Brexit Watch – much ado about nothing?

27 September 2016

Good afternoon Everyone. 

As part of a regular series delivered from our UK based intermediary we look at the latest developments in respect of Brexit. Although not as sexy as Brad and Angelina’s divorce, the severing of links and ties between Britain and Europe promises to be challenging and is likely to run and run…

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Brexit Watch – much ado about nothing?

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Brexit Britain – is it really a new dawn?

On the 23rd June 2016 Britain voted by a margin of 52% to 48% to leave the European Union.Given that we are now nearing the end of September, readers of this blog might be surprised to find that we still don’t know what Brexit will actually entail in detail, nor do we have any clear indication what Britain’s path to Brexit will actually mean.

There aren’t any clues in the latest developments – at least in so far as they relate to key economic data and statistics. Not much has happened and not much is expected to happen for the rest of the year in respect of Brexit.

Much ado about nothing then?

The economy – little evidence that confidence has been dented

Prior to the June Brexit vote most economists predicted an immediate and severe negative shock on the UK economy in the event that the leave campaign secured victory.

At the time of writing of this blog entry there is little evidence that Brexit has had a negative impact at all, save for a persistent weakening of the pound against most major currencies.

Consumer Spending – a measure of confidence and the mood of the country?

Consumer spending has been rising for the past three years, and in July was up 5.9% on the figure recorded in July 2015. Overall, UK consumers made 168 million purchases on credit cards in July 2016, an amount that was higher than the number of transactions recorded in June, above the comparative figure for July 2015, and higher than the average of the previous six months.

The economy – a little case of exchange rate inflation

The consumer prices index rose by 0.6% in July. This moderate increase can be attributed to higher fuel prices as these are denominated on international markets in US dollars. The pound has weakened against most of the major currencies including the US dollar as a result of the Brexit vote (see below).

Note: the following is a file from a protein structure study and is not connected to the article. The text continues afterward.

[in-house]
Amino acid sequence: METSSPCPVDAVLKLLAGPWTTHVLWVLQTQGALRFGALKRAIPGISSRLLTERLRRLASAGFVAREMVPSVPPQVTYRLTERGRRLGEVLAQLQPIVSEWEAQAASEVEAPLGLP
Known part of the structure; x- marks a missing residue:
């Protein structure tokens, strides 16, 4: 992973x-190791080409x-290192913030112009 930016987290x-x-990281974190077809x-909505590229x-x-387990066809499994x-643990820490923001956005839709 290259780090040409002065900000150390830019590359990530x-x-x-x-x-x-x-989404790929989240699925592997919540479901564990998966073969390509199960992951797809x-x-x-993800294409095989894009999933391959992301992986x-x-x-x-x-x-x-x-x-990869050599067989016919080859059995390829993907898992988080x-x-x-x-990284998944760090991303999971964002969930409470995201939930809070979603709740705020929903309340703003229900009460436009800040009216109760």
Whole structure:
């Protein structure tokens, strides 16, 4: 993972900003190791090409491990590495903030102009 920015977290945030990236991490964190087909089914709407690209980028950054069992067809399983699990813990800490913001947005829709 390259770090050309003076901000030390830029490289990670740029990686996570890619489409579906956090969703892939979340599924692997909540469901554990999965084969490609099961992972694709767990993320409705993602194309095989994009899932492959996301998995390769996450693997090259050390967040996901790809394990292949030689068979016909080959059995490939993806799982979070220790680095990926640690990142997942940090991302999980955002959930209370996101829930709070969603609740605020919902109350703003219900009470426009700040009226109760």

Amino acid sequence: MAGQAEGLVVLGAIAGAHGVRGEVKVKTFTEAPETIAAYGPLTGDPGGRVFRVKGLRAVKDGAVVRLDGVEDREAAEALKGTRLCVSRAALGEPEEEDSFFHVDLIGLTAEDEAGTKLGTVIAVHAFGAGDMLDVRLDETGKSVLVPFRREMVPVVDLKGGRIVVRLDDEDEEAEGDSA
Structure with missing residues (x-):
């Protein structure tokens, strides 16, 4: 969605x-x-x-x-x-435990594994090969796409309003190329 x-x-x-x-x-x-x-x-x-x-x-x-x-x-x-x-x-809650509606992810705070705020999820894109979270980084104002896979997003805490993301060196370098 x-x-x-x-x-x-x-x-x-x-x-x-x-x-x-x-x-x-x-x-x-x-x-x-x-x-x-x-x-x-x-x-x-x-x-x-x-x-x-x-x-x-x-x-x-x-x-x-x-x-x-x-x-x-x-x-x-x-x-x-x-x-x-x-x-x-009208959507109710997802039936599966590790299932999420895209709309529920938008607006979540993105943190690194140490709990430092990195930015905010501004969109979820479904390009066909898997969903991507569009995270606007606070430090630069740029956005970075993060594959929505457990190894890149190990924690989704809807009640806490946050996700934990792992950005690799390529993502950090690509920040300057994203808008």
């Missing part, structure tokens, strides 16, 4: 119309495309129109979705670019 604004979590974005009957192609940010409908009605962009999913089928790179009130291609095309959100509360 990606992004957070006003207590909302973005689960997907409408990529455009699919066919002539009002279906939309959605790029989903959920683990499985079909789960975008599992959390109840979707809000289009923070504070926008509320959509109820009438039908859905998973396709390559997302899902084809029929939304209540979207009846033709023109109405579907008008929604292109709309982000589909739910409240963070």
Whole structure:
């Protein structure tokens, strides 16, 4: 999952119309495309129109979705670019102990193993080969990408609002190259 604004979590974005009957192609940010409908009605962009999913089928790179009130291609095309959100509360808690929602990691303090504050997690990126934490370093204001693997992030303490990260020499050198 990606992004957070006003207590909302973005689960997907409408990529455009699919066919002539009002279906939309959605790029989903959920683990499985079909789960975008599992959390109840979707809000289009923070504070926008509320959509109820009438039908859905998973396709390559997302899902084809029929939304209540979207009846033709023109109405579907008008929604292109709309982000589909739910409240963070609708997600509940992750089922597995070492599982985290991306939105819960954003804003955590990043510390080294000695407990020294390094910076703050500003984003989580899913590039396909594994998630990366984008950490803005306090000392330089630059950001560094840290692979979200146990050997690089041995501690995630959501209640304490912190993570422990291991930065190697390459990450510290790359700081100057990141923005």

Britain’s Manufacturing continues to rebound

A recently released Markit/CIPS survey suggests that Britain’s manufacturing sector rebounded strongly in August. Underlining the data in this survey, the Office for National Statistics reported that Britain’s industrial output grew at its fastest rate for over 17 years in the period between April to June 2016.

Little impact on the rest of Europe?
There is evidence to suggest that the rest of Europe is quickly getting over the shock of the Brexit vote. According to the same Markit Survey, Eurozone economic activity reached its highest level in August (measured against the previous seven months).
Is Britain really gearing-up for Brexit?

David Cameron, who had led the campaign to remain, resigned the day after the referendum and has been replaced by Mrs. Theresa May as Prime Minister.

Mrs. May, who also supported the remain campaign, has said that Britain will not trigger Article 50 before 2017. Some have interpreted this to mean that the new PM continues to harbour reservations in respect of Brexit, but the new PM has gone on record a number of times to state that “Brexit means Brexit” and that the will of the majority must be respected. May has met some of the EU leaders including Germany’s Angela Merkel, and the French President Francois Hollande, but the formal negotiations on the UK departure from the EU have yet to start. For completeness, EU leaders have reiterated their original position that negotiations cannot start until Britain triggers Article 50 of the Lisbon Treaty.

Beyond this, Mrs. May’s new Cabinet includes “Brexiters” in key strategic positions. Boris Johnson currently holds office as Foreign Secretary, while David Davis has been appointed as Secretary of State for Brexit, and Liam Fox as the International Trade Secretary. All of these positions are key to a “Post-Brexit” future.

No clear definition or consensus on what Britain wants from Brexit

Mrs. May’s government have yet to set out in detail what the UK wants to achieve from the whole of the Brexit negotiation process. This is not surprising. There is little consensus in her government or the country for that matter. The path to Brexit is littered with hurdles, the largest being the issue of immigration. Many in Mrs. May’s administration want Britain to have total control over her borders, while others accept that continued access to Europe’s market would have to come at the cost of continued free movement of people from the rest of Europe into Britain.